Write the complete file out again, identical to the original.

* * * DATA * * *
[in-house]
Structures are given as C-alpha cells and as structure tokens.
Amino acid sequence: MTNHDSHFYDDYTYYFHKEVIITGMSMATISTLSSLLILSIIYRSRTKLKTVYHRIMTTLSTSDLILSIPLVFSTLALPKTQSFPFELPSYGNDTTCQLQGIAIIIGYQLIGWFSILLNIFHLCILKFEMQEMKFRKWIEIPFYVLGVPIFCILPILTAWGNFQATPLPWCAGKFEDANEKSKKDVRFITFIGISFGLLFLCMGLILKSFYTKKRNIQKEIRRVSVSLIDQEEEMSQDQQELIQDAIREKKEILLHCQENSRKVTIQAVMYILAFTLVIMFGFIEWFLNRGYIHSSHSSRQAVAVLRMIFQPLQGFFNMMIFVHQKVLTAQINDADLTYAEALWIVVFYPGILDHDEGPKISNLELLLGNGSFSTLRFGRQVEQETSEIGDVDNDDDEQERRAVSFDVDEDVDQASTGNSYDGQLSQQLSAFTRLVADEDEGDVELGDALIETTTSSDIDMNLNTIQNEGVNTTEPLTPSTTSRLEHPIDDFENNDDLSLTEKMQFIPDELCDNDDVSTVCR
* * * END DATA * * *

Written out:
[in-house]
Structures are given as C-alpha cells and as structure tokens.
Amino acid sequence: MTNHDSHFYDDYTYYFHKEVIITGMSMATISTLSSLLILSIIYRSRTKLKTVYHRIMTTLSTSDLILSIPLVFSTLALPKTQSFPFELPSYGNDTTCQLQGIAIIIGYQLIGWFSILLNIFHLCILKFEMQEMKFRKWIEIPFYVLGVPIFCILPILTAWGNFQATPLPWCAGKFEDANEKSKKDVRFITFIGISFGLLFLCMGLILKSFYTKKRNIQKEIRRVSVSLIDQEEEMSQDQQELIQDAIREKKEILLHCQENSRKVTIQAVMYILAFTLVIMFGFIEWFLNRGYIHSSHSSRQAVAVLRMIFQPLQGFFNMMIFVHQKVLTAQINDADLTYAEALWIVVFYPGILDHDEGPKISNLELLLGNGSFSTLRFGRQVEQETSEIGDVDNDDDEQERRAVSFDVDEDVDQASTGNSYDGQLSQQLSAFTRLVADEDEGDVELGDALIETTTSSDIDMNLNTIQNEGVNTTEPLTPSTTSRLEHPIDDFENNDDLSLTEKMQFIPDELCDNDDVSTVCR